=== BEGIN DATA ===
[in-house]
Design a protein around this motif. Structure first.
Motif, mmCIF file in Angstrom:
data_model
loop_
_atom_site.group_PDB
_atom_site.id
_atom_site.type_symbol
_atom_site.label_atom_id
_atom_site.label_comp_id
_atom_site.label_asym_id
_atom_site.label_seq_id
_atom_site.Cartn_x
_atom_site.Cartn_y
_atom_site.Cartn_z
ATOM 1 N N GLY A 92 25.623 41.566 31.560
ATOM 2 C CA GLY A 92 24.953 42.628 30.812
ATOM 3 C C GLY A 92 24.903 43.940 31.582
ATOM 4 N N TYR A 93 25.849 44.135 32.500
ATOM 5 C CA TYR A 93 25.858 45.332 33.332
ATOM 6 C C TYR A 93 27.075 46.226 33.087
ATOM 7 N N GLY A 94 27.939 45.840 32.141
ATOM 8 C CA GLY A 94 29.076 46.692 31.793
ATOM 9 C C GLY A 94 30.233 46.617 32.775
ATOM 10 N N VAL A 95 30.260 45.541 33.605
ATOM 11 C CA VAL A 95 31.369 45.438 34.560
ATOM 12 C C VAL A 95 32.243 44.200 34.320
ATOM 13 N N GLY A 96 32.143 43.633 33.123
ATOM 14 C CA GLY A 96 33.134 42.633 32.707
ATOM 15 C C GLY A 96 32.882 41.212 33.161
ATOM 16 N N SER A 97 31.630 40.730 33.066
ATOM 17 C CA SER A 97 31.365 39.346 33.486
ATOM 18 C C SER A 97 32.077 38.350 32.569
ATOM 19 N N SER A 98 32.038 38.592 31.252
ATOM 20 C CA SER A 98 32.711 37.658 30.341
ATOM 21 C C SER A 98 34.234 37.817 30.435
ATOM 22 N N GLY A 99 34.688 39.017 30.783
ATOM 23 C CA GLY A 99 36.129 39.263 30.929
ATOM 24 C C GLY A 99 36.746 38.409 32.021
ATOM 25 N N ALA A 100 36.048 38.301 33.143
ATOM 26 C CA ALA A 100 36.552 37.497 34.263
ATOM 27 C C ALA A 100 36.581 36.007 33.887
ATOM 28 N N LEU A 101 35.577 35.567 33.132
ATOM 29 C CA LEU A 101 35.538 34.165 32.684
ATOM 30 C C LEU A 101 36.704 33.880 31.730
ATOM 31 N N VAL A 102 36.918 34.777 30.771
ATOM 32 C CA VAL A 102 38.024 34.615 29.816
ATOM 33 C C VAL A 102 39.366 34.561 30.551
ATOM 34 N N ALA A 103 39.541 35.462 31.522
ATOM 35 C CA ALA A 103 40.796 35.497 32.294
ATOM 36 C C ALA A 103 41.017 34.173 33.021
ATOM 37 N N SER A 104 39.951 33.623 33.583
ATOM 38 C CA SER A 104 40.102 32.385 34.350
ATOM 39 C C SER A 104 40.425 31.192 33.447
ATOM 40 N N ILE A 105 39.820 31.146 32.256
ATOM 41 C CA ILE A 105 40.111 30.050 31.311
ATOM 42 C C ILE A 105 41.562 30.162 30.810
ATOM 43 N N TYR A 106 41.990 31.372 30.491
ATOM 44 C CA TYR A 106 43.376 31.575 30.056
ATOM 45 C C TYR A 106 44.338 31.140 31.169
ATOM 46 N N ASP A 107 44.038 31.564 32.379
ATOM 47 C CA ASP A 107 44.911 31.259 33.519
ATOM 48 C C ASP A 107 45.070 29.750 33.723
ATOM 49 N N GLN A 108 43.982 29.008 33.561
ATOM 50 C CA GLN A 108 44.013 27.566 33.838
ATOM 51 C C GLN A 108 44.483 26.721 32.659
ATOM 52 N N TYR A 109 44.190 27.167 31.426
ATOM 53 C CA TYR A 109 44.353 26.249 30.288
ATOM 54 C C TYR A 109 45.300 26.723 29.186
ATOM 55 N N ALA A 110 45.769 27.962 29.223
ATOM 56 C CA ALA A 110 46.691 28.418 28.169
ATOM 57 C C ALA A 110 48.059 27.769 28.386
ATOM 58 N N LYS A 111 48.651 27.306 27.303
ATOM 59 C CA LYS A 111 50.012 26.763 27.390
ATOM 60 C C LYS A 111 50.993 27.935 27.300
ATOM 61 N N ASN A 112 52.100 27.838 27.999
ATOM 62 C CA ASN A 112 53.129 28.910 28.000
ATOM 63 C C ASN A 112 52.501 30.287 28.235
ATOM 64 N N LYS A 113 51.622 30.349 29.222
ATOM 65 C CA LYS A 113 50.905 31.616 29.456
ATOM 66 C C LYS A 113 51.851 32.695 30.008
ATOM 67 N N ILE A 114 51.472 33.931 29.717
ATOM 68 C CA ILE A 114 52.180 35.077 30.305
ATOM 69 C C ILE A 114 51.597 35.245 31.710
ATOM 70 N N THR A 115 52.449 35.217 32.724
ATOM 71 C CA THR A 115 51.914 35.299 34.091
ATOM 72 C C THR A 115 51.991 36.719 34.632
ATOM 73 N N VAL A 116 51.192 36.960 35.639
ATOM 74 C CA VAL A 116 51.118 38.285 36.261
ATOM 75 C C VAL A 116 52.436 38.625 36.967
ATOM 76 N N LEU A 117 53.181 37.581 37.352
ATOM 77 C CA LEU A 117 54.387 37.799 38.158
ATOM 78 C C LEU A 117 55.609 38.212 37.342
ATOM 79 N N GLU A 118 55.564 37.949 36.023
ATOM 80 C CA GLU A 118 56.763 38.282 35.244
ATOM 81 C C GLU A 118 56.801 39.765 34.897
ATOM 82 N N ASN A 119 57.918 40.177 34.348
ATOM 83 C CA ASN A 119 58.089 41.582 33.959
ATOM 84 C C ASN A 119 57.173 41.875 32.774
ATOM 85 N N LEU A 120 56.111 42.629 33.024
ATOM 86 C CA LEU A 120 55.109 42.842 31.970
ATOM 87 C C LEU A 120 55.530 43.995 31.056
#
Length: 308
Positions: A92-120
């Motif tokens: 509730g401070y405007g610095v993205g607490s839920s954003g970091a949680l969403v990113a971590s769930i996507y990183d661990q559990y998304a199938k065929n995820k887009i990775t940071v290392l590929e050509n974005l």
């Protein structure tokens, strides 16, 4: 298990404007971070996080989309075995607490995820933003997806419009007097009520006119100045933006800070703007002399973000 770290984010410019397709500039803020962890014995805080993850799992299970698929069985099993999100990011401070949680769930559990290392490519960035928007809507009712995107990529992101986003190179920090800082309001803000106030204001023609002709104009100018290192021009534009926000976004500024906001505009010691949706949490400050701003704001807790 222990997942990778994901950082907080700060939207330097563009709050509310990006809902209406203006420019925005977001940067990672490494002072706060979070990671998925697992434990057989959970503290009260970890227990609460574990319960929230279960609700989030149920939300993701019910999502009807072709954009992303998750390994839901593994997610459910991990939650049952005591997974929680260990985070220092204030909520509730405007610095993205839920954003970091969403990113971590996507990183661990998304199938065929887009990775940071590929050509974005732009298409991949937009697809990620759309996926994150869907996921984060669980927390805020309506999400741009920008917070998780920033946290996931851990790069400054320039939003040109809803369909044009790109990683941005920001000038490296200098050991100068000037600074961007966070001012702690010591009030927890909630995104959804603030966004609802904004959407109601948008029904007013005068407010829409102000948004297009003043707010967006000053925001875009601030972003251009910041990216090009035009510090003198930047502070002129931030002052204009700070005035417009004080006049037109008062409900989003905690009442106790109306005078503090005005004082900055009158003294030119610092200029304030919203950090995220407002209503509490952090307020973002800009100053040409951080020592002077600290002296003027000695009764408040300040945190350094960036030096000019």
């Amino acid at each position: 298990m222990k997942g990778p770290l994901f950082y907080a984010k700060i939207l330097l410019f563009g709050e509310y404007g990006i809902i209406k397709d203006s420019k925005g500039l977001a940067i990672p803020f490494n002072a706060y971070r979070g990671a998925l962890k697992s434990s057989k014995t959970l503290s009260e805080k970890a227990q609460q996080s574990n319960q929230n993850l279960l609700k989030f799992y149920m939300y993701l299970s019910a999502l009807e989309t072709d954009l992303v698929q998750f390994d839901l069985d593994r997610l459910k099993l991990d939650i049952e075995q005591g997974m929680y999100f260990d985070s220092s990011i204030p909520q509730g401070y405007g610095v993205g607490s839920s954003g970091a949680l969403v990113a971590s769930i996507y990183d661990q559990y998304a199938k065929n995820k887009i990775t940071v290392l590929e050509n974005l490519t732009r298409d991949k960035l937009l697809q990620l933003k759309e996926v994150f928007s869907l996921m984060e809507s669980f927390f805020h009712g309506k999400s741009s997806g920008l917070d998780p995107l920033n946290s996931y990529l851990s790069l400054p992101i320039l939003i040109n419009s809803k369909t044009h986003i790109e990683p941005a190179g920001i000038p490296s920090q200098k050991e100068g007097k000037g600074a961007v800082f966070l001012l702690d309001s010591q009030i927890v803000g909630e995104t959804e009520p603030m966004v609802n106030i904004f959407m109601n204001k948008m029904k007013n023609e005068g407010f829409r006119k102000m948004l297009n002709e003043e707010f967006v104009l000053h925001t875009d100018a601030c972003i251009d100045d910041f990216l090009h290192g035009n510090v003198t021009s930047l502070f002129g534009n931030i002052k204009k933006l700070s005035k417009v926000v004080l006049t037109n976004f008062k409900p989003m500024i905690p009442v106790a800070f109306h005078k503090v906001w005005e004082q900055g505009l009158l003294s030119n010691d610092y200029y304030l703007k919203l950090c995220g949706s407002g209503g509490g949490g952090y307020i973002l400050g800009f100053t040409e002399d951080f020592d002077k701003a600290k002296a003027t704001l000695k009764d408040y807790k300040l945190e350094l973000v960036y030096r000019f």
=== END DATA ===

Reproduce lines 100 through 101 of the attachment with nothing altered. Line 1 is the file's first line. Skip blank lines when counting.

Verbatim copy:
ATOM 85 N N LEU A 120 56.111 42.629 33.024
ATOM 86 C CA LEU A 120 55.109 42.842 31.970